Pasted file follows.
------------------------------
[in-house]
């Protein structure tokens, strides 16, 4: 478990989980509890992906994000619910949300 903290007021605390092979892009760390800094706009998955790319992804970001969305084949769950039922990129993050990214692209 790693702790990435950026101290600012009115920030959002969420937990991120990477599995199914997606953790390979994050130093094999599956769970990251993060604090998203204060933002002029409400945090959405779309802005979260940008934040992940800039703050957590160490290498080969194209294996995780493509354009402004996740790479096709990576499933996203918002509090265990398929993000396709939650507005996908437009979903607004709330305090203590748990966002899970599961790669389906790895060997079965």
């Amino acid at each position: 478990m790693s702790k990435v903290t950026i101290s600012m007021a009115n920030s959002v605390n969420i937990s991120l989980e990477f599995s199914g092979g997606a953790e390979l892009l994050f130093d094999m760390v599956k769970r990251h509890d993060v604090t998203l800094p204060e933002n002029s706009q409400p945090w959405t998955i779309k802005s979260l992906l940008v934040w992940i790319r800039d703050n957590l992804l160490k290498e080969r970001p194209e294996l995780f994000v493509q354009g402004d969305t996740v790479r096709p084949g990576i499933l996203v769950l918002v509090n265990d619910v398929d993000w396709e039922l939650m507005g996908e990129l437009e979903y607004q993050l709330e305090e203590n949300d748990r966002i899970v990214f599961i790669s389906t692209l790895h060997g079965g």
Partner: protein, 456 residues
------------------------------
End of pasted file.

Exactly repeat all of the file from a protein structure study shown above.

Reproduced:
[in-house]
């Protein structure tokens, strides 16, 4: 478990989980509890992906994000619910949300 903290007021605390092979892009760390800094706009998955790319992804970001969305084949769950039922990129993050990214692209 790693702790990435950026101290600012009115920030959002969420937990991120990477599995199914997606953790390979994050130093094999599956769970990251993060604090998203204060933002002029409400945090959405779309802005979260940008934040992940800039703050957590160490290498080969194209294996995780493509354009402004996740790479096709990576499933996203918002509090265990398929993000396709939650507005996908437009979903607004709330305090203590748990966002899970599961790669389906790895060997079965």
């Amino acid at each position: 478990m790693s702790k990435v903290t950026i101290s600012m007021a009115n920030s959002v605390n969420i937990s991120l989980e990477f599995s199914g092979g997606a953790e390979l892009l994050f130093d094999m760390v599956k769970r990251h509890d993060v604090t998203l800094p204060e933002n002029s706009q409400p945090w959405t998955i779309k802005s979260l992906l940008v934040w992940i790319r800039d703050n957590l992804l160490k290498e080969r970001p194209e294996l995780f994000v493509q354009g402004d969305t996740v790479r096709p084949g990576i499933l996203v769950l918002v509090n265990d619910v398929d993000w396709e039922l939650m507005g996908e990129l437009e979903y607004q993050l709330e305090e203590n949300d748990r966002i899970v990214f599961i790669s389906t692209l790895h060997g079965g």
Partner: protein, 456 residues